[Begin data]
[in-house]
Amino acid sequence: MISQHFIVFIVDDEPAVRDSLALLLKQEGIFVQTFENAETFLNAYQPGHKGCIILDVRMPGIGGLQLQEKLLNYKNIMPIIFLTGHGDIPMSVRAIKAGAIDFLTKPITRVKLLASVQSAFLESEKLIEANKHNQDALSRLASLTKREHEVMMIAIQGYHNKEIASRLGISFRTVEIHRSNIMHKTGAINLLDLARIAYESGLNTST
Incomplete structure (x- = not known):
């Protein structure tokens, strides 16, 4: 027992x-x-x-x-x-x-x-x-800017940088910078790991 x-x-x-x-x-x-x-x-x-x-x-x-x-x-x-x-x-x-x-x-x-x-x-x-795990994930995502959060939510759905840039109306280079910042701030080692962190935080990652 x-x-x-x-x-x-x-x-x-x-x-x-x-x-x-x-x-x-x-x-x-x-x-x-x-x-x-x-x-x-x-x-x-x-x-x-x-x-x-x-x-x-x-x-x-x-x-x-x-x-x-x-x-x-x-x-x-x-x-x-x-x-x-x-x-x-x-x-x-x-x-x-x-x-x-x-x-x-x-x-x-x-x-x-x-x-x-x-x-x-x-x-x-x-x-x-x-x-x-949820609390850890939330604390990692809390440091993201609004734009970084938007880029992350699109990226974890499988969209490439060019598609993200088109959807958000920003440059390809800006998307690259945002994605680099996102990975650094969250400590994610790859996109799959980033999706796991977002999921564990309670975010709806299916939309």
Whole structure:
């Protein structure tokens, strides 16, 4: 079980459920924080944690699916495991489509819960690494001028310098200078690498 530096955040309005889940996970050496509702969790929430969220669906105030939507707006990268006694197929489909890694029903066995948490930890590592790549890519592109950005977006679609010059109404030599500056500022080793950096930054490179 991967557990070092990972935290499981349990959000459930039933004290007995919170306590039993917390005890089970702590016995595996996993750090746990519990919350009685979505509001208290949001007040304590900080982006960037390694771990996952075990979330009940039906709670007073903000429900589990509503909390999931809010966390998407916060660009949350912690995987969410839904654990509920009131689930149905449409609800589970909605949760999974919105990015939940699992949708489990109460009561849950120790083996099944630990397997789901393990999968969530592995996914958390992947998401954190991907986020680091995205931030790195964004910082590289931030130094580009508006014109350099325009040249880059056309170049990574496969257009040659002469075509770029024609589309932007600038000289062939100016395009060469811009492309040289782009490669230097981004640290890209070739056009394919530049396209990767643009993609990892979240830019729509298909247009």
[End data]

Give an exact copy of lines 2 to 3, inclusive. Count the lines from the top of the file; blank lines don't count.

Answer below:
Amino acid sequence: MISQHFIVFIVDDEPAVRDSLALLLKQEGIFVQTFENAETFLNAYQPGHKGCIILDVRMPGIGGLQLQEKLLNYKNIMPIIFLTGHGDIPMSVRAIKAGAIDFLTKPITRVKLLASVQSAFLESEKLIEANKHNQDALSRLASLTKREHEVMMIAIQGYHNKEIASRLGISFRTVEIHRSNIMHKTGAINLLDLARIAYESGLNTST
Incomplete structure (x- = not known):